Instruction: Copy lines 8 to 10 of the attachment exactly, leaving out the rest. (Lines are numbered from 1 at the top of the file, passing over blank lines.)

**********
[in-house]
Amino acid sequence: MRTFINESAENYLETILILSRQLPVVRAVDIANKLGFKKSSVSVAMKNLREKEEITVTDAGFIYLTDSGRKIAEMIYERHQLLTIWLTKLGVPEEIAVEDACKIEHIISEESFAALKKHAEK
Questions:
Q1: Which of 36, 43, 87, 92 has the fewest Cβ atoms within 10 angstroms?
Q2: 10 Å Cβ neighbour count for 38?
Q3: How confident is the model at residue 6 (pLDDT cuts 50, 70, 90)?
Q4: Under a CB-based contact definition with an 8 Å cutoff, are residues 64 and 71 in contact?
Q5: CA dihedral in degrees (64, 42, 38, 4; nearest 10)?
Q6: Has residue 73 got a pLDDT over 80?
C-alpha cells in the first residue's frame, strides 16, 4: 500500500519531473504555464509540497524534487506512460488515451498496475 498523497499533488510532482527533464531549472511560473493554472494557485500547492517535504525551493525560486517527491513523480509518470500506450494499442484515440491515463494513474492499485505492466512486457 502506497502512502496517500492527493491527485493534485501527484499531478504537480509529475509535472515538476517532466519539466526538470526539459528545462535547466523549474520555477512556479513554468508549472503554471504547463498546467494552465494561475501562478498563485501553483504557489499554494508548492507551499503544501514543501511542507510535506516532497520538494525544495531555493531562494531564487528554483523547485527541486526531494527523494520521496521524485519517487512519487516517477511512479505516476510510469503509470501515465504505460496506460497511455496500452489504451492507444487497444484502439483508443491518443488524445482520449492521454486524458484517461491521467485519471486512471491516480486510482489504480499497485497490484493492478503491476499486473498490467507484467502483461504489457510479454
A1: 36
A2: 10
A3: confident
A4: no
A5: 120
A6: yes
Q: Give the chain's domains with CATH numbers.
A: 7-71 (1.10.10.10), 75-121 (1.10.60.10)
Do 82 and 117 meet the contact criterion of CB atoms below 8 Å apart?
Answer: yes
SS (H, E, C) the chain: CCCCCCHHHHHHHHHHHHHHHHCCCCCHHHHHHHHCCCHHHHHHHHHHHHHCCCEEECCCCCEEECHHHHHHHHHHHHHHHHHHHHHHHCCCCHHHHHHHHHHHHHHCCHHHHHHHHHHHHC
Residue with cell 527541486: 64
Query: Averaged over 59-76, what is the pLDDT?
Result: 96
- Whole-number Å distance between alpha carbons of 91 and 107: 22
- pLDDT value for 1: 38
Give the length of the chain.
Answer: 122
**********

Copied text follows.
Q5: CA dihedral in degrees (64, 42, 38, 4; nearest 10)?
Q6: Has residue 73 got a pLDDT over 80?
C-alpha cells in the first residue's frame, strides 16, 4: 500500500519531473504555464509540497524534487506512460488515451498496475 498523497499533488510532482527533464531549472511560473493554472494557485500547492517535504525551493525560486517527491513523480509518470500506450494499442484515440491515463494513474492499485505492466512486457 502506497502512502496517500492527493491527485493534485501527484499531478504537480509529475509535472515538476517532466519539466526538470526539459528545462535547466523549474520555477512556479513554468508549472503554471504547463498546467494552465494561475501562478498563485501553483504557489499554494508548492507551499503544501514543501511542507510535506516532497520538494525544495531555493531562494531564487528554483523547485527541486526531494527523494520521496521524485519517487512519487516517477511512479505516476510510469503509470501515465504505460496506460497511455496500452489504451492507444487497444484502439483508443491518443488524445482520449492521454486524458484517461491521467485519471486512471491516480486510482489504480499497485497490484493492478503491476499486473498490467507484467502483461504489457510479454